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Dr Joy Maina – WABER Conference
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Dr Joy Maina


Dr Joy Maina

Department of Architecture, Ahmadu Bello University, Nigeria

Dr Joy Maina receiving her Best Paper Prize in August 2015. The title of her paper that won the award was “Architects and interdisciplinary research: reflections from ethnographic and measured fieldwork


Can you please give us a brief profile of yourself – including where you work, academic background, research interests, and personal interests?

I am an architect trained at ABU and the University of Nottingham, UK. I lecture in ABU where I teach mainly Research Methods and Basic Design at undergraduate and postgraduate levels alongside managing other administrative posts. My research interests include Spatial qualities of the Built Environment, Human behaviour and spatial cognition, Housing research as well as Architecture Education. I enjoy music and sewing.

How would you describe your academic/professional experiences so far? How did you get into academia? What courses do you teach and what does your job entail? What is your typical day in the office like?

My academic experiences have been interesting but slow by my personal yardstick. I underestimated the amount of hard work one needs to truly become grounded in research after the doctorate. Am still learning.

I got into academia by serendipity I guess. I should however mention that my mother was an English teacher, so I sort of grew with an academic background.

As mentioned earlier, I teach Basic Design Studio in the first year and Research Methods in the final undergraduate class. This is further extended and refined in the MSc Thesis Design Report class. I also teach Quantitative research approaches for PhD. The main thrust of my work involves postgraduate supervision at both MSc and PhD levels. My typical day in the office: I go in between 7:30-8:00am when I have lectures, otherwise it’s an hour later as I use the morning to catch up on my personal research. The rest of the day usually proceeds with either supervisory or administrative meetings until closing time at 4pm. There’s rarely a real in between. To keep from burning out, I usually take an academic day off each week.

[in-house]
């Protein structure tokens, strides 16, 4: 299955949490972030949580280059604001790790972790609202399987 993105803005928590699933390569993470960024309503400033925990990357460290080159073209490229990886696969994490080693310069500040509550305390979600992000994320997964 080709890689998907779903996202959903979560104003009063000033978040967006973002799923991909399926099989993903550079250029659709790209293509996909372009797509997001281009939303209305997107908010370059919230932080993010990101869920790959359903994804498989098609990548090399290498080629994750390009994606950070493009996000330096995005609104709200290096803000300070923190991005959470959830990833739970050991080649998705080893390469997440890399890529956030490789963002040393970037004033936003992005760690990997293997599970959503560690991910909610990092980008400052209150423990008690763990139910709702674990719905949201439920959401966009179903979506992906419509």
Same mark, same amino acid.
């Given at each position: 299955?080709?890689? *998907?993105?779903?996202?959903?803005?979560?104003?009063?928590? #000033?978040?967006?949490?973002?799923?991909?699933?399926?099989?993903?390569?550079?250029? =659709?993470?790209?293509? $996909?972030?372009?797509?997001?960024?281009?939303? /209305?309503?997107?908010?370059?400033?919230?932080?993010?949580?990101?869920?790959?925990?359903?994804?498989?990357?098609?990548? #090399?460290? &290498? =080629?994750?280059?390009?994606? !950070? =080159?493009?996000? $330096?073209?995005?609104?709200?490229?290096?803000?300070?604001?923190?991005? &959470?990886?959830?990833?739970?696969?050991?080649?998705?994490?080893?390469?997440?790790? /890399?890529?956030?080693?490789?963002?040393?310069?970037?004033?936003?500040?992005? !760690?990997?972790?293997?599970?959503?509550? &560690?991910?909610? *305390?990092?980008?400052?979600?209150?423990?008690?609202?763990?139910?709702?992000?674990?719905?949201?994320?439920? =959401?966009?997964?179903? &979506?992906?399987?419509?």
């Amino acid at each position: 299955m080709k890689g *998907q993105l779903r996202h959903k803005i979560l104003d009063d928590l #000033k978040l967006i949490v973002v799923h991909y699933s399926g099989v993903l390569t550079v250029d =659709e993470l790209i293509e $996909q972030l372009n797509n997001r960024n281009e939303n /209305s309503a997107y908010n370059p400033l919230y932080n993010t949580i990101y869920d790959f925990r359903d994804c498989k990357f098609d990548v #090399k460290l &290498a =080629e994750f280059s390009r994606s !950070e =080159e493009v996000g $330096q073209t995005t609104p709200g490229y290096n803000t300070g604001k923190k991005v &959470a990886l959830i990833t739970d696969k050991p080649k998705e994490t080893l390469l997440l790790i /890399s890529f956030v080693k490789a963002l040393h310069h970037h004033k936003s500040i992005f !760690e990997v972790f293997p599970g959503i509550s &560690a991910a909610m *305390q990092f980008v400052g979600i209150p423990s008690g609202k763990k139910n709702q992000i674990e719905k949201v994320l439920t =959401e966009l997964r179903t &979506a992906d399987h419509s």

How did you first hear about the WABER Conference and why did you decide to attend?

I learnt about the conference from colleagues on returning from my doctorate in 2013. I decided to attend because of the high accolades it received from previous participants.

What was your experience of attending the WABER Conference? How did you benefit from attending the conference? How was the experience of arranging funding to attend the conference?

I had a fabulous time. I learnt a lot from listening to other participants. It’s amazing what one learns when open to new ideas. It also reveals the depth of intelligent people around. My experience with funding was personal . . . My colleagues and I self-sponsored ourselves. My mom was travelling to Ghana so that made things a bit easier as I detest travelling alone.

You won the best paper prize. Can you describe how you felt when you won the prize?

To be honest, it was a complete surprise! I didn’t see that coming. It is humbling to think what I wrote had that much merit. Interestingly, the paper accrues from discussions with my external examiners during my viva. In essence it wasn’t part of my initial thesis. Am forever indebted to Dr. Ian Cooper and Dr. Nicole Porter who insisted that was perhaps one of my greatest contributions to knowledge. I acknowledge this at the end of the paper. It was also so gratifying to have my mother with me in Accra. Parents, I find are deeply sentimental about such achievements. It’s my first paper prize, and I cherish it a lot.